Welcome Back, DadBy Michael Reagan
I’ve been trying to convince my fellow conservatives that they have been wasting their time in a fruitless quest for a new Ronald Reagan to emerge and lead our party and our nation. I insisted that we’d never see his like again because he was one of a kind.
I was wrong!
Wednesday night I watched the Republican National Convention on television and there, before my very eyes, I saw my Dad reborn; only this time he's a she.
In one blockbuster of a speech, Alaska Gov. Sarah Palin resurrected my Dad’s indomitable spirit and sent it soaring above the convention center, shooting shock waves through the cynical media’s assigned spaces and electrifying the huge audience with the kind of inspiring rhetoric we haven’t heard since my Dad left the scene.
This was Ronald Reagan at his best -- the same Ronald Reagan who made the address known now solely as “The Speech,” which during the Goldwater campaign set the tone and the agenda for the rebirth of the traditional conservative movement that later sent him to the White House for eight years and revived the moribund GOP.
Last night was an extraordinary event. Widely seen beforehand as a make-or-break effort -- either an opportunity for Sarah Palin to show that she was the happy warrior that John McCain assured us she was, or a disaster that would dash McCain’s presidential hopes and send her back to Alaska, sadder but wiser.
Obviously un-intimidated by either the savage onslaught to which the left-leaning media had subjected her, or the incredible challenge she faced -- and oozing with confidence -- she strode defiantly to the podium and proved she was everything and even more than John McCain told us.
Much has been made of the fact that she is a woman. What we saw last night, however, was something much more than a just a woman accomplishing something no Republican woman has ever achieved. What we saw was a red-blooded American with that rare, God-given ability to rally her dispirited fellow Republicans and take up the daunting task of leading them -- and all her fellow Americans -- on a pilgrimage to that shining city on the hill my father envisioned as our nation’s real destination.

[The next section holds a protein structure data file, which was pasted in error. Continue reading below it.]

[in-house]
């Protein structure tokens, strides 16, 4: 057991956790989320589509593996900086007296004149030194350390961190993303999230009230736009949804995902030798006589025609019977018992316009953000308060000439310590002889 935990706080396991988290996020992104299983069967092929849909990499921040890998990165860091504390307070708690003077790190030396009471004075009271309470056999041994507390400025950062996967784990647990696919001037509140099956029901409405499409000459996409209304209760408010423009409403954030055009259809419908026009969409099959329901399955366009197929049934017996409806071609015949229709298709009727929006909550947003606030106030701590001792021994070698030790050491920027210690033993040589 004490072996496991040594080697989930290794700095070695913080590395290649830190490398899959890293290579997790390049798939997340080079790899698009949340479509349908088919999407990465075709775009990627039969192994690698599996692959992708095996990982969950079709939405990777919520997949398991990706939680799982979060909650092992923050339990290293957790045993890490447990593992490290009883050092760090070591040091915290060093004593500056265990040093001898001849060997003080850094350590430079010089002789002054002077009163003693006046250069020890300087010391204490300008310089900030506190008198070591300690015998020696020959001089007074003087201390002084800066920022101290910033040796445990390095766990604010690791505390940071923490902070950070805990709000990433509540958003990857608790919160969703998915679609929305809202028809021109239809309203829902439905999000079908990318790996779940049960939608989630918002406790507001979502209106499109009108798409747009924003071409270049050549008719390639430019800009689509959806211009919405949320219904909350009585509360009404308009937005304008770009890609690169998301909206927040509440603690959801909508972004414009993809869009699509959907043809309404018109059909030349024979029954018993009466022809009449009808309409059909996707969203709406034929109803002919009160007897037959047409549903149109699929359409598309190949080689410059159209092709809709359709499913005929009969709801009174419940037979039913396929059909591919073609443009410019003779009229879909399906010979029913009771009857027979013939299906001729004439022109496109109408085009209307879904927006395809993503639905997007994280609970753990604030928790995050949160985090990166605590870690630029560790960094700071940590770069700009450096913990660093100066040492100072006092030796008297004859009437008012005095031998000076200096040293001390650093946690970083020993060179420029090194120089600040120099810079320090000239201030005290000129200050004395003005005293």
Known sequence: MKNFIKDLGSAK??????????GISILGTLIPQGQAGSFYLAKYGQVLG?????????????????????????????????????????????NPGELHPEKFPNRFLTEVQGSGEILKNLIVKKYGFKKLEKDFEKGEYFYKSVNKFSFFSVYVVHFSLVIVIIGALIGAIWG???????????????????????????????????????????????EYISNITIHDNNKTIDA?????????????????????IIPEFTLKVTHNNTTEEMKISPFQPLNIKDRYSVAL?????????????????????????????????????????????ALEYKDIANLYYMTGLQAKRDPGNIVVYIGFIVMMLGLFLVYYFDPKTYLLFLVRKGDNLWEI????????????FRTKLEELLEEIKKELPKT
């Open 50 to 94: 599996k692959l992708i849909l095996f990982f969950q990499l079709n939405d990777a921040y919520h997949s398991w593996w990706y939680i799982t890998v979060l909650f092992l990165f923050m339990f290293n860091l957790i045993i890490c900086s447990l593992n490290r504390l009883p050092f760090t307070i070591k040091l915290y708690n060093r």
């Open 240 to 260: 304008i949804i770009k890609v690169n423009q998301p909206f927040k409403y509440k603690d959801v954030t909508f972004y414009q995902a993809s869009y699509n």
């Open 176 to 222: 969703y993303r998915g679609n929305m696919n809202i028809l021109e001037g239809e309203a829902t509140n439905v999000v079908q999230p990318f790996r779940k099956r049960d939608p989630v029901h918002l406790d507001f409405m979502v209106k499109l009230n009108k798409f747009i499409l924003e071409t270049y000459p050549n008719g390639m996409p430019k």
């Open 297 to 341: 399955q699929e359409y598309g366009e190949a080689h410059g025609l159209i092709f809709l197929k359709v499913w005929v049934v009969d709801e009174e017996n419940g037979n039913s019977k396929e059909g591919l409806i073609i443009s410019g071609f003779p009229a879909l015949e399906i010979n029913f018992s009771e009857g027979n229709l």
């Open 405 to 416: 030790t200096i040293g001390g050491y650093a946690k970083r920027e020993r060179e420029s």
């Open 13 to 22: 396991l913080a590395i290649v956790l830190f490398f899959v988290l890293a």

In a few words she managed to rip the mask from the faces of her Democratic rivals and reveal them for what they are -- a pair of old-fashioned liberals making promises that cannot be kept without bankrupting the nation and reducing most Americans to the status of mendicants begging for their daily bread at the feet of an all-powerful government.
Most important, by comparing her own stunning record of achievement with his, she showed Barack Obama for the sham that he is, a man without any solid accomplishments beyond conspicuous self-aggrandizement.
Like Ronald Reagan, Sarah Palin is one of us. She knows how most of us live because that’s the way she lives. She shares our homespun values and our beliefs, and she glories in her status as a small-town woman who put her shoulder to the wheel and made life better for her neighbors.
Her astonishing rise up from the grass-roots, her total lack of self-importance, and her ordinary American values and modest lifestyle reveal her to be the kind of hard-working, optimistic, ordinary American who made this country the greatest, most powerful nation on the face of the earth.
As hard as you might try, you won’t find that kind of plain-spoken, down-to-earth, self-reliant American in the upper ranks of the liberal-infested, elitist Democratic Party, or in the Obama campaign.
Sarah Palin didn’t go to Harvard, or fiddle around in urban neighborhood leftist activism while engaging in opportunism within the ranks of one of the nation’s most corrupt political machines, never challenging it and going along to get along, like Barack Obama.
Instead she took on the corrupt establishment in Alaska and beat it, rising to the governorship while bringing reforms to every level of government she served in on her way up the ladder.
Welcome back, Dad, even if you’re wearing a dress and bearing children this time around.